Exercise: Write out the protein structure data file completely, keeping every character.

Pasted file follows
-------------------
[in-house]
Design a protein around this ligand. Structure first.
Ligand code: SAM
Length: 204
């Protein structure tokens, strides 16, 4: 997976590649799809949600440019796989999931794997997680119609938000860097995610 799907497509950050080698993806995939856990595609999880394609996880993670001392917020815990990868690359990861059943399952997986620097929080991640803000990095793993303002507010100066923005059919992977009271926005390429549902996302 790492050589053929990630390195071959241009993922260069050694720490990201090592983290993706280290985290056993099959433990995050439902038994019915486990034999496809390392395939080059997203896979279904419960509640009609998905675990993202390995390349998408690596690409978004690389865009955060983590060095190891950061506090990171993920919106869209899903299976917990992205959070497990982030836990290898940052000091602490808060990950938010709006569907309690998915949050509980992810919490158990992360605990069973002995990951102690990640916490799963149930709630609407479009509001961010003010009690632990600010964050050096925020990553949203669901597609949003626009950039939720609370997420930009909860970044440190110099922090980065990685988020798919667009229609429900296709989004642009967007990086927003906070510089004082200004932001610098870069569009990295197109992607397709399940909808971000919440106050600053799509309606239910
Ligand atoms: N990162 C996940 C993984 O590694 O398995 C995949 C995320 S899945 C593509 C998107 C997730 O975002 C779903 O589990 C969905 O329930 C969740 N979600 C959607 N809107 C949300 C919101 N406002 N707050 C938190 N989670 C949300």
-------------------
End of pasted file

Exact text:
[in-house]
Design a protein around this ligand. Structure first.
Ligand code: SAM
Length: 204
């Protein structure tokens, strides 16, 4: 997976590649799809949600440019796989999931794997997680119609938000860097995610 799907497509950050080698993806995939856990595609999880394609996880993670001392917020815990990868690359990861059943399952997986620097929080991640803000990095793993303002507010100066923005059919992977009271926005390429549902996302 790492050589053929990630390195071959241009993922260069050694720490990201090592983290993706280290985290056993099959433990995050439902038994019915486990034999496809390392395939080059997203896979279904419960509640009609998905675990993202390995390349998408690596690409978004690389865009955060983590060095190891950061506090990171993920919106869209899903299976917990992205959070497990982030836990290898940052000091602490808060990950938010709006569907309690998915949050509980992810919490158990992360605990069973002995990951102690990640916490799963149930709630609407479009509001961010003010009690632990600010964050050096925020990553949203669901597609949003626009950039939720609370997420930009909860970044440190110099922090980065990685988020798919667009229609429900296709989004642009967007990086927003906070510089004082200004932001610098870069569009990295197109992607397709399940909808971000919440106050600053799509309606239910
Ligand atoms: N990162 C996940 C993984 O590694 O398995 C995949 C995320 S899945 C593509 C998107 C997730 O975002 C779903 O589990 C969905 O329930 C969740 N979600 C959607 N809107 C949300 C919101 N406002 N707050 C938190 N989670 C949300």